A Productive Commission

Collaborative Measures Take Hold in the CSW

Der Spiegel | Vancouver | 7 January 2017 | 14 :02

The Commission on the Status of Women is no longer arranged in rows of tables lined with delegates properly positioned at their seat working diligently on notes or speeches. Instead, it is now characterized by a collaborative environment in which almost every delegate is seated in a circle contributing their ideas to make the resolution expected to come out of this committee as effective as possible.

Two merging factions are headed up by the delegates from Equatorial Guinea and Brazil. Equatorial Guinea has led other delegates, including Germany, to create a paper focused on reducing the “marginalization of men” in the fight to end domestic violence. She states that too often the framework has accused men of being the perpetrators, when they could stand to be the allies of the women at risk. Thus they have reworked the framework to “focus more on improving family relations” as a whole.

When questioned about the relevance of family relations in third world countries—specifically the familial relations in more male dominated societies—the delegate from Equatorial Guinea explains that this will not be an issue because the paper also includes the empowering of more traditional community leaders, such as midwives.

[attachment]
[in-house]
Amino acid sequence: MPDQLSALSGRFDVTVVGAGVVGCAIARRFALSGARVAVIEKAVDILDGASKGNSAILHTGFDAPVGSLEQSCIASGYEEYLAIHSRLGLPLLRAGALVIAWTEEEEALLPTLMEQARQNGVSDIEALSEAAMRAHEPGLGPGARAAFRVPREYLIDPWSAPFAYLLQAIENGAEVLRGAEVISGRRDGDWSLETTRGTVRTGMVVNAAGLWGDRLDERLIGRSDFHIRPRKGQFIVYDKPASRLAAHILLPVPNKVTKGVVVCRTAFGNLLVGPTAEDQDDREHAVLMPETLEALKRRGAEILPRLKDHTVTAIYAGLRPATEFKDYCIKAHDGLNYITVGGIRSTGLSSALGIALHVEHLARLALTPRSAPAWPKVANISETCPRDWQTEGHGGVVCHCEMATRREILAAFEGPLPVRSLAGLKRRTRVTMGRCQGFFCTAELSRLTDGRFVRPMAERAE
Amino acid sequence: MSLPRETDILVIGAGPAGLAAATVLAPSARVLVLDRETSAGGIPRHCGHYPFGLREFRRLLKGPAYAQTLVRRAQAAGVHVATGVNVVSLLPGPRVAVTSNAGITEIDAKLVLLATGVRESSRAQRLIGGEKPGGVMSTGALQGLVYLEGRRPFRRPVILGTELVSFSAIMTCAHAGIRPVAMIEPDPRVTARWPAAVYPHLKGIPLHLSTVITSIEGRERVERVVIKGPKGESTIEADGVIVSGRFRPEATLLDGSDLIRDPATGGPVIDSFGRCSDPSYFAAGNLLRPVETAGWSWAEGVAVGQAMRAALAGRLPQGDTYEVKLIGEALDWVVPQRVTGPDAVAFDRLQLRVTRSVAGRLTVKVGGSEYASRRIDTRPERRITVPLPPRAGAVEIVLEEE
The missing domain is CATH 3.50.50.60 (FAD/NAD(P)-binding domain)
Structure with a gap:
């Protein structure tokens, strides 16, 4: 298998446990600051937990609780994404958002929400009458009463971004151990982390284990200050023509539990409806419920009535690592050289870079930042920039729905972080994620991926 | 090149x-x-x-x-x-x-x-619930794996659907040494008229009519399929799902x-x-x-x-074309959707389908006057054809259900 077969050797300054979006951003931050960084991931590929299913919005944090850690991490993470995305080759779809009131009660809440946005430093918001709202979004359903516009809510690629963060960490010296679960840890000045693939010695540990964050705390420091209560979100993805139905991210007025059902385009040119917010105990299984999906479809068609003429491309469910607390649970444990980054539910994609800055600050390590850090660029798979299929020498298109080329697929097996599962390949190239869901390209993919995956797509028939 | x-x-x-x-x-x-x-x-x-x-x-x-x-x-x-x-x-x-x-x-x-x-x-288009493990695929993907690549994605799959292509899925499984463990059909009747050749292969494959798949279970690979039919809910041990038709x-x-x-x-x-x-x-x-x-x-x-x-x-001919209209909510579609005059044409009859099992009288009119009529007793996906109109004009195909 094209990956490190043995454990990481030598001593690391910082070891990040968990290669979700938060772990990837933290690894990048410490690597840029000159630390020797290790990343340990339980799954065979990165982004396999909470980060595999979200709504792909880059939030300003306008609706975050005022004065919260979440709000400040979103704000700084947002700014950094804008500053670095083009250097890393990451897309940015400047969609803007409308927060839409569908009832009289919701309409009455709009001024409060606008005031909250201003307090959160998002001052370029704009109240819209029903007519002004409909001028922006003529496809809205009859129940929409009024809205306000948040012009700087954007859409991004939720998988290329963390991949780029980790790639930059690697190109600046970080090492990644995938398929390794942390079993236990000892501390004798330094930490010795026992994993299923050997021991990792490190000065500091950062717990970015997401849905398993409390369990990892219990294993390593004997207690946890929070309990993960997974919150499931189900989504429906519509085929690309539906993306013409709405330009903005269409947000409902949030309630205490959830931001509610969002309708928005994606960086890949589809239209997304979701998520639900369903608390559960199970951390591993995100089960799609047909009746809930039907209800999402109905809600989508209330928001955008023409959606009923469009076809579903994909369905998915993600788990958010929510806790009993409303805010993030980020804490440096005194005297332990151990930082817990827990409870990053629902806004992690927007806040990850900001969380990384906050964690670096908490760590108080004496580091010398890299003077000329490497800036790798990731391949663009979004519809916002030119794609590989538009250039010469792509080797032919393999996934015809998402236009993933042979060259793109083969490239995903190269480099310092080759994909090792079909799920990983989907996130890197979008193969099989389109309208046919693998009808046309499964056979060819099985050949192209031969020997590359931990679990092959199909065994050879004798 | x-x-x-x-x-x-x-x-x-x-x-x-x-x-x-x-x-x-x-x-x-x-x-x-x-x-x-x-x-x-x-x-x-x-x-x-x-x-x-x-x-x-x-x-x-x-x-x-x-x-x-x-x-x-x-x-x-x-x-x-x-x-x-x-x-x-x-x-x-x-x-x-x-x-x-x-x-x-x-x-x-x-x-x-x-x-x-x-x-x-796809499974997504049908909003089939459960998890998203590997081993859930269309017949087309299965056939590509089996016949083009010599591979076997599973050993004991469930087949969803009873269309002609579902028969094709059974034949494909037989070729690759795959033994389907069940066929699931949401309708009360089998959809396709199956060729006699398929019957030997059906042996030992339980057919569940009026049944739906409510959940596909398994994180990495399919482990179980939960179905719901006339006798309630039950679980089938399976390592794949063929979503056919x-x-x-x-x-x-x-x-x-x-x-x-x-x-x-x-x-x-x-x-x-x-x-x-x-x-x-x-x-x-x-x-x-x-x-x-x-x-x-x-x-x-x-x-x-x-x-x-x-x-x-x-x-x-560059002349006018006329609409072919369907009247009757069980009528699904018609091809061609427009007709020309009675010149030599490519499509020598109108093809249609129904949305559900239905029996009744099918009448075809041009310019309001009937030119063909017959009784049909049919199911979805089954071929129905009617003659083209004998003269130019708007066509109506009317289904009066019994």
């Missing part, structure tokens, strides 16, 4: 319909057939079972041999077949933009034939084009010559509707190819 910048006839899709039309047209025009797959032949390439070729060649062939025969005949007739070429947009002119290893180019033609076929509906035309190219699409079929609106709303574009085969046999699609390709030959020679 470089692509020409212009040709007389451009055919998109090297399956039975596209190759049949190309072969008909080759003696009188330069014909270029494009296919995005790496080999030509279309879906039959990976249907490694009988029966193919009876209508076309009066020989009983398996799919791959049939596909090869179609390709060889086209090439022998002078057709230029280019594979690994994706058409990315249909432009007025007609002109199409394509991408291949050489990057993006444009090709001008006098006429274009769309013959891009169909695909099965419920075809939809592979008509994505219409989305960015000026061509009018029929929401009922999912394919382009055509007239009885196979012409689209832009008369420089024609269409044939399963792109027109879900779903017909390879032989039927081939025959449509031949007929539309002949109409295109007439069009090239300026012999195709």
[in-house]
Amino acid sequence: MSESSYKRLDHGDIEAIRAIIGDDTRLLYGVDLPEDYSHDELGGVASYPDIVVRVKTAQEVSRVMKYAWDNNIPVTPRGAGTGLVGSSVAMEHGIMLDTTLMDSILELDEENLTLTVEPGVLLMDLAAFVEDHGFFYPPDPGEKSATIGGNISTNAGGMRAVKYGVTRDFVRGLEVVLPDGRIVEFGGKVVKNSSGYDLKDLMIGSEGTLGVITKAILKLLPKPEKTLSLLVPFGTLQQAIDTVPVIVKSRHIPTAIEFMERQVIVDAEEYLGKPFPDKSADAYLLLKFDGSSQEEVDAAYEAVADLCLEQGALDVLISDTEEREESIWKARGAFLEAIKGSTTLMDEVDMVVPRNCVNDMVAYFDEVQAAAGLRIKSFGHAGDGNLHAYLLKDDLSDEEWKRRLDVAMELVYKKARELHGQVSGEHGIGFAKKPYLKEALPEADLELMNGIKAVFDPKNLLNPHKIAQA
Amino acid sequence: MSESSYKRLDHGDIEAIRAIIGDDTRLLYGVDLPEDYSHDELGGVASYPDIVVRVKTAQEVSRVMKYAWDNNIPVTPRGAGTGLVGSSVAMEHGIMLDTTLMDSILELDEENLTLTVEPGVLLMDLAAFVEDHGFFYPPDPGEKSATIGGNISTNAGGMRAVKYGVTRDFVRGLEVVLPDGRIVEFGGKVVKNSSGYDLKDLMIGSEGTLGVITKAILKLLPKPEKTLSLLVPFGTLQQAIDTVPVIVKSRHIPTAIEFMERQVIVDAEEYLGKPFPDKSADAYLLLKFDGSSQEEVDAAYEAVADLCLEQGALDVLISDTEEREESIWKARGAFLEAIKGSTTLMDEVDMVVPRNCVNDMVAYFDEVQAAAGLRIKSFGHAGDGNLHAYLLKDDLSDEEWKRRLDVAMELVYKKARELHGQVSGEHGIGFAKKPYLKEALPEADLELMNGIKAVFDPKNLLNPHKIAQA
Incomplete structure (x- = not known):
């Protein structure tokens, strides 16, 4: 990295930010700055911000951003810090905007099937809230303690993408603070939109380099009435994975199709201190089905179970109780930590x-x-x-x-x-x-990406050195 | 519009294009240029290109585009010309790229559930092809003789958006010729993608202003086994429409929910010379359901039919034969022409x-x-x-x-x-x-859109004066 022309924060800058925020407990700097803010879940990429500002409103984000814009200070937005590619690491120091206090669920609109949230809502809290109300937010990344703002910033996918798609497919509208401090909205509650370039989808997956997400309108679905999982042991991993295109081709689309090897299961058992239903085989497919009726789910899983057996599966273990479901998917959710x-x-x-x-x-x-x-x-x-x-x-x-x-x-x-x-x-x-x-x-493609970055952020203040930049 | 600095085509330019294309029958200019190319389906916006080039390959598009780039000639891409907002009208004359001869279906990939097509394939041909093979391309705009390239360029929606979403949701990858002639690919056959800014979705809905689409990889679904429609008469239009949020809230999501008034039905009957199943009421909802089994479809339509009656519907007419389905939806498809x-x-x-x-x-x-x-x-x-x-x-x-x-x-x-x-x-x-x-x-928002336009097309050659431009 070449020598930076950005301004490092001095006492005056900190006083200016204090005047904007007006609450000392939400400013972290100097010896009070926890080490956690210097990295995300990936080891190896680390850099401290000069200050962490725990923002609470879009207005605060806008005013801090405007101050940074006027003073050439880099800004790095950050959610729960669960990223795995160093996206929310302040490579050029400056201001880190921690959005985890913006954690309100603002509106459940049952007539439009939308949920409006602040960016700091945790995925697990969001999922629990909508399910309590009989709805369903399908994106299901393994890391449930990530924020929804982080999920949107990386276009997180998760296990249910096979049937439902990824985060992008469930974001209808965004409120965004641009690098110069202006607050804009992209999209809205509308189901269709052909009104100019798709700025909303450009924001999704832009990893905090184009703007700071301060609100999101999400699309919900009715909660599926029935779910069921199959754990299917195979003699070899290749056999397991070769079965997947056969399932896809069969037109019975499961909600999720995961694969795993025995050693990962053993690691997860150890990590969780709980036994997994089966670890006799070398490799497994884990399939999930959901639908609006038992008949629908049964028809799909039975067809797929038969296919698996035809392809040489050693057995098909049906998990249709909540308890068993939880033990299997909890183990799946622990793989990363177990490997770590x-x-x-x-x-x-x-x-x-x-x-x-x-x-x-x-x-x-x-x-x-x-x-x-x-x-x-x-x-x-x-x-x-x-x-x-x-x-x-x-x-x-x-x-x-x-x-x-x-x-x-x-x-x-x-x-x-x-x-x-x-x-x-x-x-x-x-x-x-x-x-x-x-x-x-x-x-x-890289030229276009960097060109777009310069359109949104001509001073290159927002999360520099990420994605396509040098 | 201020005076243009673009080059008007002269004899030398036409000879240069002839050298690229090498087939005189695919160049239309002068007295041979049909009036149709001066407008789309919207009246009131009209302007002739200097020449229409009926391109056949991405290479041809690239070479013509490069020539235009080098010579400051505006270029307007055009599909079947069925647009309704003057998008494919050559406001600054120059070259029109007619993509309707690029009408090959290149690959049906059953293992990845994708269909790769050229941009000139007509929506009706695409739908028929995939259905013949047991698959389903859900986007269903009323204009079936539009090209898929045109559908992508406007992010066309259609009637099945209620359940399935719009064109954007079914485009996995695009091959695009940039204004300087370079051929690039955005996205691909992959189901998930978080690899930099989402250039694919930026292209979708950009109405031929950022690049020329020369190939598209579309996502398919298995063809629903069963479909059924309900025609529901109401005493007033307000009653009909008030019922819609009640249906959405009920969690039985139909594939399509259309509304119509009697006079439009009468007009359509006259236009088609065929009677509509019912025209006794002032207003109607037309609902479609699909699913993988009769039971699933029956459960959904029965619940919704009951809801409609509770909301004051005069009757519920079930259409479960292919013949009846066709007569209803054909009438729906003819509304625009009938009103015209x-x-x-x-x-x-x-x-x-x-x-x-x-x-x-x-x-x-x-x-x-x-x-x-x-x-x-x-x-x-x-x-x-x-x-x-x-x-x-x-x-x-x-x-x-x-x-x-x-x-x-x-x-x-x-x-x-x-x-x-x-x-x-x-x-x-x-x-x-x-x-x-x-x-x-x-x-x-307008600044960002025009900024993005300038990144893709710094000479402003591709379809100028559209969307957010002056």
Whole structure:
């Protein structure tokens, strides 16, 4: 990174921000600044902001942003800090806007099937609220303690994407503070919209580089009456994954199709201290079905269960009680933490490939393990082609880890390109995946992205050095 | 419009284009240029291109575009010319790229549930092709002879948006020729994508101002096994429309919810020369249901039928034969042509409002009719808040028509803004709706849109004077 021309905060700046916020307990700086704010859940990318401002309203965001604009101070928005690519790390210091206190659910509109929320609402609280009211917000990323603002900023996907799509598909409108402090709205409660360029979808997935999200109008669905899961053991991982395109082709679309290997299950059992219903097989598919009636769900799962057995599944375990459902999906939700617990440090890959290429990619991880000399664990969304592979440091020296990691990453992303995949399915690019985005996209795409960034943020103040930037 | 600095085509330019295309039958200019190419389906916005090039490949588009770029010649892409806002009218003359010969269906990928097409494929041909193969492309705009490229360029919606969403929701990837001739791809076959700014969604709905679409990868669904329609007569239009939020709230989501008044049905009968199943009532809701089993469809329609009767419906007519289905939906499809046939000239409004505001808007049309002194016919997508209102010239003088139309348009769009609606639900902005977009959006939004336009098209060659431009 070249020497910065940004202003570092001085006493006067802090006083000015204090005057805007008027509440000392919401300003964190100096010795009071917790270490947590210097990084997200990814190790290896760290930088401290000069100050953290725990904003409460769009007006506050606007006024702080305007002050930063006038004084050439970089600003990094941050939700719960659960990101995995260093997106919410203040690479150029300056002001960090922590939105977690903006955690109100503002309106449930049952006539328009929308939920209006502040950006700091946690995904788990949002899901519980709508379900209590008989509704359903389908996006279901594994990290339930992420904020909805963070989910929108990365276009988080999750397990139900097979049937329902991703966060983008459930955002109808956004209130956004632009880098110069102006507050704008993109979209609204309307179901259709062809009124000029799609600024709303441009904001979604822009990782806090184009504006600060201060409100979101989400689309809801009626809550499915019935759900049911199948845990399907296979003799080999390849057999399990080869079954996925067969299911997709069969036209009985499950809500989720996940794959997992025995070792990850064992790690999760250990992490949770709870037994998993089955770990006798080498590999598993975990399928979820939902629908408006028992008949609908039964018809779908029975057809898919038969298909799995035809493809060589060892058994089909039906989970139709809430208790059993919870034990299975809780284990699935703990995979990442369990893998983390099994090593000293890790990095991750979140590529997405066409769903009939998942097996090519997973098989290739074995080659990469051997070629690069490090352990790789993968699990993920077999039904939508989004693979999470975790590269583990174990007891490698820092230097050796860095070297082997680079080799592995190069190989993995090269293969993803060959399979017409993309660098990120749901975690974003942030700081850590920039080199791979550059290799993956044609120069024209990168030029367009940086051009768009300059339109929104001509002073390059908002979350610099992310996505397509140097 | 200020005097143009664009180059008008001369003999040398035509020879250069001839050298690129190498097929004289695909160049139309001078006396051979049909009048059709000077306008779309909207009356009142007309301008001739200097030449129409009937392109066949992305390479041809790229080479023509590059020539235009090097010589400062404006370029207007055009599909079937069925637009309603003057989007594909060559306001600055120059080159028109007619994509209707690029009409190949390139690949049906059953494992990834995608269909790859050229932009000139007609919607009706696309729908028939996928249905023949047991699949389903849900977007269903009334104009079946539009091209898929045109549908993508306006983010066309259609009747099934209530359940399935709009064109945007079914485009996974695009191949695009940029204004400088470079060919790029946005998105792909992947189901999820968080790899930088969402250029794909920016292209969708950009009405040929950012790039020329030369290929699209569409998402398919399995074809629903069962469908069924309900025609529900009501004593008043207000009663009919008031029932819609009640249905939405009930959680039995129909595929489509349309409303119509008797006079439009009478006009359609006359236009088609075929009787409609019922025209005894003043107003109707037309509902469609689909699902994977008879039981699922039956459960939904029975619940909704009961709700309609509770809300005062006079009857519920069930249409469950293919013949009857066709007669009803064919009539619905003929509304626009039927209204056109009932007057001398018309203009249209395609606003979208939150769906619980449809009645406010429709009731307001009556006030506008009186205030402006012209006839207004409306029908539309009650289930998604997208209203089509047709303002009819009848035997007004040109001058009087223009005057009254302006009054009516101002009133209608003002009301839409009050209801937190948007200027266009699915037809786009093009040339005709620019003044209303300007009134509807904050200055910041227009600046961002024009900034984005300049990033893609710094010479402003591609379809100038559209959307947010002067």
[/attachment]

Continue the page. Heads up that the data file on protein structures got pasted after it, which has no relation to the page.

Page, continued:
The aforementioned framework refers to the He for She Program and the Beijing Platform. The He for She Program, a UN Women solidarity campaign, mirrors the ideas the delegate from Equatorial Guinea set forth in her plan, and the Beijing Platform of 1995, specifically Strategic Objective C1, provides that women should have “access to appropriate healthcare” according to the delegate from Belgium.

While Equatorial Guinea provides a more preventative approach to ceasing the crisis of gender-based violence, the paper led by the Brazilian delegate appears to have a more reactive approach. Among the key points of the paper include the assistance granted to women who are classified as “at-risk” of assault or another gender-based violent act, women who have survived violence, and women who have had trouble re-integrating into society after the traumatic event.

This assistance comes mainly in the form of pieces of legislation, but there have been no specific points laid out below this surface level analysis.

As of the time of writing, both groups are working diligently together to create a paper that brings out the best of both groups. One is preventative and the other reactive, therefore delegates, including the German delegate, do not feel that the interests of one paper is infringing on the beliefs of the other.

The press conference this evening will provide more of a chance for these delegates to explain their reasoning behind decisions laid out above.

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